I think this one was actually an improvement on the first. It was more consistent. I enjoyed getting to know some of the characters more; Jin continued sarcasm and the Sky/Ken drama. Plus, Mark and Jin’s night together was hot. Again, like the first volume, I have no idea why the book ended where it did or even why this is a series of novellas instead of a single book. It’s very obviously a single story. I anticipate feeling the same way at the end of each novella.
I think the series is getting better as it goes along…or maybe I’ve just gotten to roughly the middle of the “book” this series of novellas obviously should have been. You know how a book often picks up in the middle, once you’ve met all the characters and the plot is established enough to progress without needing to interrupt itself with explanations? Yep, that’s where the story is at this point.
I am finding that I would like a little more world-building. I’m confused about characters’ ability to die and come back. How does that work? What about the bodies? Plus, if people so readily come back from the dead, why is everyone mourning Luke’s death? Similarly, I am befuddled about people’s ages. Everyone seems to be in their mid-twenties or younger, but a couple have been together (like, together-together) for 8-9 years. Jin is 22, Ken is younger while Mark and Lip are older. The rest I don’t know about and I don’t know how much older or younger those characters are than Jin. So, I don’t know how to visualise them. I am still enjoying the story, however.
OK, I’m going to stop reviewing these individually. This is patently one single story and trying to review each volume is starting to feel like I’ve stopped every 10 or so chapters to write a partial review. It’s becoming ridiculous.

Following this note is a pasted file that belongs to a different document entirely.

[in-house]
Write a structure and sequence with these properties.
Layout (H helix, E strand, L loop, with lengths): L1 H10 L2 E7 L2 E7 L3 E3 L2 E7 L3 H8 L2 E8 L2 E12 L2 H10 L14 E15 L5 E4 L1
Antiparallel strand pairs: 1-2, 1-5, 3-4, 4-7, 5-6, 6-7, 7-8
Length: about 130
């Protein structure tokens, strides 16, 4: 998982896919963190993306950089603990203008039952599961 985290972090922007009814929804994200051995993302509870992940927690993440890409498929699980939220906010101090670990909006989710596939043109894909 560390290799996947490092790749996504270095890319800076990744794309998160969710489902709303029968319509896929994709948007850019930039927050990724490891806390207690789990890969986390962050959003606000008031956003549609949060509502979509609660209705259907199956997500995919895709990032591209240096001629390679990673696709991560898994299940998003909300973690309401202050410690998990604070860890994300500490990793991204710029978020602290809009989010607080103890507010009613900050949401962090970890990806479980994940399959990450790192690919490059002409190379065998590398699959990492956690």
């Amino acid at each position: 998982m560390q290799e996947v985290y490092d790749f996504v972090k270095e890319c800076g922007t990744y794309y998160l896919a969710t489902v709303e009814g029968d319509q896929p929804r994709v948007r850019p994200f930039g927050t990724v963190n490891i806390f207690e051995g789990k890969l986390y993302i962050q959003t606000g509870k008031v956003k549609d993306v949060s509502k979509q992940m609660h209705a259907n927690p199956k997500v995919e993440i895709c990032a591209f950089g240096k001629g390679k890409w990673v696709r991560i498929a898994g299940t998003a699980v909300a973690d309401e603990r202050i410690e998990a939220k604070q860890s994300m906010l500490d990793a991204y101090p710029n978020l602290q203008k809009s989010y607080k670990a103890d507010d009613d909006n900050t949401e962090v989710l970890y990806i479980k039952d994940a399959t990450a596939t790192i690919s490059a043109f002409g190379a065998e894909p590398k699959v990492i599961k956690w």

I’ve now read up to book seven. Luckily, in the Note From the Author, at the end of Get Higher, she mentioned “two more books.” So, at least I now know how much more to expect. I know I’ve harped on about it, but the fact that this story is broken up into (apparently) 9 separate volumes is one of only two real complaints with ‘the series.’ The second is how much history is glossed over, considering how important it is to the events of the book’s present. This sadly includes a lot of the character development and worldbuilding. The reader really is left to just kind of catch up where they can as the events unwind.
I like those characters we get to know. (We don’t get to know all of them, even when they play a significant role in things.) Jackson’s decidedly Machiavellian plan is starting to come to fruition and it’s interesting. The sex is often hot. I especially liked the way Jin all but worships Ken.
Pending the next two books come out soon enough that I even still remember that I read the first seven, I’ll be finishing the series out. (Will probably still be grumbling about the serialisation though.) I’ve enjoyed the sarcasm and the narrative voice a lot. The writing and editing is pretty good (especially for freebies) and I like the gritty feel of it all.